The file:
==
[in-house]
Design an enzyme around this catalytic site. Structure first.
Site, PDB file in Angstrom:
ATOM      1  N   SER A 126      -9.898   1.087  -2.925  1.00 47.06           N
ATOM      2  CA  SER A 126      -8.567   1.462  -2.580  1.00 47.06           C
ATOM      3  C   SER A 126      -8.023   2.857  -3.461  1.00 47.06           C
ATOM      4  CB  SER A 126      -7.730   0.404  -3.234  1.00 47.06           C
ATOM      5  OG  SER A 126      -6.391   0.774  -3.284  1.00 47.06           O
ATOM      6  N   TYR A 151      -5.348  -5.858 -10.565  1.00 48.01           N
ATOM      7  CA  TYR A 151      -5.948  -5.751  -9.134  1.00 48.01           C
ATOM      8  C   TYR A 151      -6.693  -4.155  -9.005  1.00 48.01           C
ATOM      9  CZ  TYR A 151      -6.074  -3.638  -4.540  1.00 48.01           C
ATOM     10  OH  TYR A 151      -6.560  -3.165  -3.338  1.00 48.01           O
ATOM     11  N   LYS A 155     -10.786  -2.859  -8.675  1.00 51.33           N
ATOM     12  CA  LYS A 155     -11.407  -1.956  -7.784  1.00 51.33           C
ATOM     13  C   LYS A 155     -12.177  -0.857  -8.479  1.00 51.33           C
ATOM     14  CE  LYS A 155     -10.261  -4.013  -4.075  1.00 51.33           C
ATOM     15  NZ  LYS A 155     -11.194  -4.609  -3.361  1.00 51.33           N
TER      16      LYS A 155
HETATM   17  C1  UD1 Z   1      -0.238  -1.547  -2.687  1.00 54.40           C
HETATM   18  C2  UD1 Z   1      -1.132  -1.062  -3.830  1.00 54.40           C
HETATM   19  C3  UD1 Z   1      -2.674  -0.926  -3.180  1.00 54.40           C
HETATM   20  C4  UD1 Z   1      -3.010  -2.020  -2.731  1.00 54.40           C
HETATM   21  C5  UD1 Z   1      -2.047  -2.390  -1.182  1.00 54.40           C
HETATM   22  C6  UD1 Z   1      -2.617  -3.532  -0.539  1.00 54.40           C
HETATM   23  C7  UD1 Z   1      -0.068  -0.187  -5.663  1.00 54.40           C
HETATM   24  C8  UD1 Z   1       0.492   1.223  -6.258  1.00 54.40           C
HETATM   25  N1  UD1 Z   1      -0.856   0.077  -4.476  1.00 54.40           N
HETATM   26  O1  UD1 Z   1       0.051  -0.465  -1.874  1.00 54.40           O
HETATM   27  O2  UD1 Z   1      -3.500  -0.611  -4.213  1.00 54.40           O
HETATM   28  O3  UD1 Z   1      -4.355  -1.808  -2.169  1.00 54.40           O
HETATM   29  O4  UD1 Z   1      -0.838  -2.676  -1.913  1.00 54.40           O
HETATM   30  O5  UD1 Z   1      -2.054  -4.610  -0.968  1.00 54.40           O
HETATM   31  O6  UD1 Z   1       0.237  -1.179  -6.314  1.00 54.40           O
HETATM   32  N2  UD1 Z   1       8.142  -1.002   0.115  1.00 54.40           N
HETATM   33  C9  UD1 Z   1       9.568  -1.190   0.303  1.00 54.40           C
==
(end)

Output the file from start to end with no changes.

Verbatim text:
[in-house]
Design an enzyme around this catalytic site. Structure first.
Site, PDB file in Angstrom:
ATOM      1  N   SER A 126      -9.898   1.087  -2.925  1.00 47.06           N
ATOM      2  CA  SER A 126      -8.567   1.462  -2.580  1.00 47.06           C
ATOM      3  C   SER A 126      -8.023   2.857  -3.461  1.00 47.06           C
ATOM      4  CB  SER A 126      -7.730   0.404  -3.234  1.00 47.06           C
ATOM      5  OG  SER A 126      -6.391   0.774  -3.284  1.00 47.06           O
ATOM      6  N   TYR A 151      -5.348  -5.858 -10.565  1.00 48.01           N
ATOM      7  CA  TYR A 151      -5.948  -5.751  -9.134  1.00 48.01           C
ATOM      8  C   TYR A 151      -6.693  -4.155  -9.005  1.00 48.01           C
ATOM      9  CZ  TYR A 151      -6.074  -3.638  -4.540  1.00 48.01           C
ATOM     10  OH  TYR A 151      -6.560  -3.165  -3.338  1.00 48.01           O
ATOM     11  N   LYS A 155     -10.786  -2.859  -8.675  1.00 51.33           N
ATOM     12  CA  LYS A 155     -11.407  -1.956  -7.784  1.00 51.33           C
ATOM     13  C   LYS A 155     -12.177  -0.857  -8.479  1.00 51.33           C
ATOM     14  CE  LYS A 155     -10.261  -4.013  -4.075  1.00 51.33           C
ATOM     15  NZ  LYS A 155     -11.194  -4.609  -3.361  1.00 51.33           N
TER      16      LYS A 155
HETATM   17  C1  UD1 Z   1      -0.238  -1.547  -2.687  1.00 54.40           C
HETATM   18  C2  UD1 Z   1      -1.132  -1.062  -3.830  1.00 54.40           C
HETATM   19  C3  UD1 Z   1      -2.674  -0.926  -3.180  1.00 54.40           C
HETATM   20  C4  UD1 Z   1      -3.010  -2.020  -2.731  1.00 54.40           C
HETATM   21  C5  UD1 Z   1      -2.047  -2.390  -1.182  1.00 54.40           C
HETATM   22  C6  UD1 Z   1      -2.617  -3.532  -0.539  1.00 54.40           C
HETATM   23  C7  UD1 Z   1      -0.068  -0.187  -5.663  1.00 54.40           C
HETATM   24  C8  UD1 Z   1       0.492   1.223  -6.258  1.00 54.40           C
HETATM   25  N1  UD1 Z   1      -0.856   0.077  -4.476  1.00 54.40           N
HETATM   26  O1  UD1 Z   1       0.051  -0.465  -1.874  1.00 54.40           O
HETATM   27  O2  UD1 Z   1      -3.500  -0.611  -4.213  1.00 54.40           O
HETATM   28  O3  UD1 Z   1      -4.355  -1.808  -2.169  1.00 54.40           O
HETATM   29  O4  UD1 Z   1      -0.838  -2.676  -1.913  1.00 54.40           O
HETATM   30  O5  UD1 Z   1      -2.054  -4.610  -0.968  1.00 54.40           O
HETATM   31  O6  UD1 Z   1       0.237  -1.179  -6.314  1.00 54.40           O
HETATM   32  N2  UD1 Z   1       8.142  -1.002   0.115  1.00 54.40           N
HETATM   33  C9  UD1 Z   1       9.568  -1.190   0.303  1.00 54.40           C